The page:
Big. Complicated. Pervasive. Expensive. Raising questions not only about costs but also who pays. In these respects the resource problem and the fiscal problem share similarities.
But the resource and environmental problems differ from the fiscal counterparts in at least three important ways.
First, we have no idea how serious they are or how much time we have. With regard to the federal budget structural difficulties it was possible to make accurate estimates of the dollar amounts involved, the rate of debt buildup, etc., and when these trends become unsustainable. By contrast, the extent and nature of the resource and environmental subsidies have been only poorly and sporadically documented, and exhibit huge uncertainties.
Second, when it comes to the fiscal problems, the options for policy fixes can readily be listed. Their costs and benefits, and their social consequences are uncertain, but can be stated, compared, and debated. When it comes to resource issues and the environment, alternatives to conventional practice are few and far between, their potential benefits and unintended consequences murkier. In many cases, the best minds aren’t even sure solutions exist.
Third, fiscal policies vary quite a bit country by country and can largely be addressed individually (think, over the past decade or so, of Sweden, Argentina, Iceland, Greece…). But when it comes to resource and environmental issues in a global economy, the real world problems (e.g. carbon emissions) have to be treated holistically. [This distinction is a little more blurred than the first two, but you get the idea.]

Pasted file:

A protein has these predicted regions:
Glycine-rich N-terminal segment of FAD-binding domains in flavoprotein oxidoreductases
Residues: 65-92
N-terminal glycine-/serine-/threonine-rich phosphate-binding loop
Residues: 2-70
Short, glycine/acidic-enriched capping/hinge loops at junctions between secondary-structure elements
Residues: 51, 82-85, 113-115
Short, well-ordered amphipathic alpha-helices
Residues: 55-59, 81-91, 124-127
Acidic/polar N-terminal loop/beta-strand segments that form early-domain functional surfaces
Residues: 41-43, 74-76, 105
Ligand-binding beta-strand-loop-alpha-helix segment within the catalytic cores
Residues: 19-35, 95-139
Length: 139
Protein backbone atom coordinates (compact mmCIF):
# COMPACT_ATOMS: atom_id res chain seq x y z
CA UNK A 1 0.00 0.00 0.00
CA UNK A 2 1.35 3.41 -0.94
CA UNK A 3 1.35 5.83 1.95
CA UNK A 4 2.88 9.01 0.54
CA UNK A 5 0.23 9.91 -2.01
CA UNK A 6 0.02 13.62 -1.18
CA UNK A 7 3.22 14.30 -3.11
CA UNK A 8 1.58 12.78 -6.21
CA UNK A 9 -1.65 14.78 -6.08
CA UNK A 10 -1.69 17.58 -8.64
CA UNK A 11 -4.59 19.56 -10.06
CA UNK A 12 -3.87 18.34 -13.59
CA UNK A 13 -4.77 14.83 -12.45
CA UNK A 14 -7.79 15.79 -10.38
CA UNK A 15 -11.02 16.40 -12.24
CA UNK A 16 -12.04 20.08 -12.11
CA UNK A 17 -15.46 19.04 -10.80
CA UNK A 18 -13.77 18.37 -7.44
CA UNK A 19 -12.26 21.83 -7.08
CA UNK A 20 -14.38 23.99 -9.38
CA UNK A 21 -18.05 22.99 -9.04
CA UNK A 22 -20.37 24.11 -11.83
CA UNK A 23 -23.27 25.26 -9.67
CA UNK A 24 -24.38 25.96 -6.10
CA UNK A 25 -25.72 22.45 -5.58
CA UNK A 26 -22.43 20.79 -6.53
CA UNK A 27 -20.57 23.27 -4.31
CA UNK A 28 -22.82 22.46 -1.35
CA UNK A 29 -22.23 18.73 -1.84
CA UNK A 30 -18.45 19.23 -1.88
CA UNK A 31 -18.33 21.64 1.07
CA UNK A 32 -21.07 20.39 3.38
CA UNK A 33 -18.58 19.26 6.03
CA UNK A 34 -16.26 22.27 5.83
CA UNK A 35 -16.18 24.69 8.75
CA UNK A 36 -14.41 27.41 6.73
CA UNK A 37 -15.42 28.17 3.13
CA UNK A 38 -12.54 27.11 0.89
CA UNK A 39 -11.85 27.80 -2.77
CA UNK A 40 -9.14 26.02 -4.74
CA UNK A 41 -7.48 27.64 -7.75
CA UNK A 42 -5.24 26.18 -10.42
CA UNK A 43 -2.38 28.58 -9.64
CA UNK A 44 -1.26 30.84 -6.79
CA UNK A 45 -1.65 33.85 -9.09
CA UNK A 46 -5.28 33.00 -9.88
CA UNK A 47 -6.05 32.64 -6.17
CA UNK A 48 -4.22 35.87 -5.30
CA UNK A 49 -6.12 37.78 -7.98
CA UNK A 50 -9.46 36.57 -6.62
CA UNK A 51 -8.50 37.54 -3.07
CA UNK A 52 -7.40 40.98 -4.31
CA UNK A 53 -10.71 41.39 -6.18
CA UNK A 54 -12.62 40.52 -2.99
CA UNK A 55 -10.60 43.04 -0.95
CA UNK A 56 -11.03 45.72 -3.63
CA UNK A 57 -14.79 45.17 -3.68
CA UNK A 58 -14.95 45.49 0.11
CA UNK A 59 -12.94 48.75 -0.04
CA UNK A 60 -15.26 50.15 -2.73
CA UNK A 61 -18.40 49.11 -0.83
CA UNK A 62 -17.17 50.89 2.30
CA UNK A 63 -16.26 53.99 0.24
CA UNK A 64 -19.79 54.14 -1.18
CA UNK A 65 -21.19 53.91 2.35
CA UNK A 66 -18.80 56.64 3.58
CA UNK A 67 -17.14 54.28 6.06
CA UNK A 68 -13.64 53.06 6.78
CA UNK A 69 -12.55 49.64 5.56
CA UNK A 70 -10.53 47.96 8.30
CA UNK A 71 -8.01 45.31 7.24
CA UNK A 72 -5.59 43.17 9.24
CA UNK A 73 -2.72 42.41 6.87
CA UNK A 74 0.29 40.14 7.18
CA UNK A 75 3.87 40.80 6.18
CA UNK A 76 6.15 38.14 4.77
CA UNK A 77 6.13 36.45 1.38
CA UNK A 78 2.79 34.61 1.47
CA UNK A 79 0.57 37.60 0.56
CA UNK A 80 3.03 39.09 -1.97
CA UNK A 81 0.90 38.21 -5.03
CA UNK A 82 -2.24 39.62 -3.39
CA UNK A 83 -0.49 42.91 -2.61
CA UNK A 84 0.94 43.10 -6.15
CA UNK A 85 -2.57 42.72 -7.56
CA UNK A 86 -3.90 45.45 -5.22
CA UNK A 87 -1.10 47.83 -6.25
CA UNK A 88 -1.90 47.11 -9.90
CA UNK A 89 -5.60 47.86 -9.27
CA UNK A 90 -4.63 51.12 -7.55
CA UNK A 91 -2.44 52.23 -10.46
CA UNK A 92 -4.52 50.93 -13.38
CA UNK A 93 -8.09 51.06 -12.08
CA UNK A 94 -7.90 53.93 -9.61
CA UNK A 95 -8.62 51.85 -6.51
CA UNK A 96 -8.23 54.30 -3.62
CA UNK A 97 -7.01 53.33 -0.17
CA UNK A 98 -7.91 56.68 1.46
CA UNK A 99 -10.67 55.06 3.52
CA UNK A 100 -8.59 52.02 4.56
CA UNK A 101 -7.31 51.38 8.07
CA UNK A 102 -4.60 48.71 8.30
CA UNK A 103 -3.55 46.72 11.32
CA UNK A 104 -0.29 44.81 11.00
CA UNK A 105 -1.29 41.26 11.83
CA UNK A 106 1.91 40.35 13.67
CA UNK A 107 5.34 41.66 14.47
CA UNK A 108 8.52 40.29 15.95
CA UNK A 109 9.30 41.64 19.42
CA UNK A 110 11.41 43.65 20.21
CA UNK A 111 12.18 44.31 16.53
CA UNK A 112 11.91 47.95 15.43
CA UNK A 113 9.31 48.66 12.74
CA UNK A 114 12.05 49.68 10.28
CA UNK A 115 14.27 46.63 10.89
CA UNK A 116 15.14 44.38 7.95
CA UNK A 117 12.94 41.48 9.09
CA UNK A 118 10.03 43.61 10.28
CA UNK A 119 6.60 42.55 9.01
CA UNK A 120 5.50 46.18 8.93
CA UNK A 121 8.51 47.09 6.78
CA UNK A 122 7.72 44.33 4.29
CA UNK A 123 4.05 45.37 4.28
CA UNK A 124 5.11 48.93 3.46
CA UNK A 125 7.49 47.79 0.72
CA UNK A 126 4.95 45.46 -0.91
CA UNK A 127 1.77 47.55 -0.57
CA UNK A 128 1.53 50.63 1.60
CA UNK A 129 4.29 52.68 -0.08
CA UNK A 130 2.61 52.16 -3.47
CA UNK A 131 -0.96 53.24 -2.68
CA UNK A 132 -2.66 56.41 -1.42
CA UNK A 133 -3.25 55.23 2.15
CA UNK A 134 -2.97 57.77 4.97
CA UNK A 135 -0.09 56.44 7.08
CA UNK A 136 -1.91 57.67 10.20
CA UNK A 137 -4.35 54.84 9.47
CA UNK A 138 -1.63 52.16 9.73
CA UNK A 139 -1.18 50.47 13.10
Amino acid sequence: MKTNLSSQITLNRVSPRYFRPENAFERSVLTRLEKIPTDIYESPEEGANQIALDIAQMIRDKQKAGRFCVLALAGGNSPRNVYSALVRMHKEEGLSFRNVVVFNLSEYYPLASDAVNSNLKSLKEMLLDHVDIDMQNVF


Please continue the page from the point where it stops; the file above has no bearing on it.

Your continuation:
Overwhelming. We might be forgiven for wanting four more years in a fantasy world.
But before we give in to lethargy and denial, we might note that there’s actually a fourth way the problems differ. The fiscal issues, at best, occasionally yield a bit to some policy sleight-of-hand. But the resource and environmental issues actually respond nicely to scientific and technological advance. Substituting renewable for non-renewable resources. Recycling. Changing industrial processes and methods. Social change. There’s even profit in much of this.
[Henry Ford faced a similar challenge in the 1930’s. His model A and model T Fords had been innovative and made automobiles a way of life in the United States. But competitors were crowding in. And then the Depression hit. It would have been easy for him to throw up his hands and say, “Well,I had a good run. It was fun while it lasted.” Instead he used the Depression and the hard times as the occasion to retool. When the Depression and World War II ended, Ford was back on top.]
In the same way today, nations of the world could be making common cause to address resource and environmental challenges. Before the end of the 21st century, this will be the issue making the headlines, not any purely financial one. In fact, resource and fiscal issues are already interwoven; this will quickly grow more obvious over the next decade. Investments are needed: (1) in observations, science, and services on how the real world works, and (2) in science and technologies addressing resource extraction and use, and environmental and ecosystem protection.
The fact of the matter? it would actually be more painful to repeat the mistake we’ve been making all along with regard to our fiscal problems – continuing to shove them under the increasingly lumpy hard-to-ignore rug, repressing them to maintain our fantasy world.
Facing this truth will indeed set us free.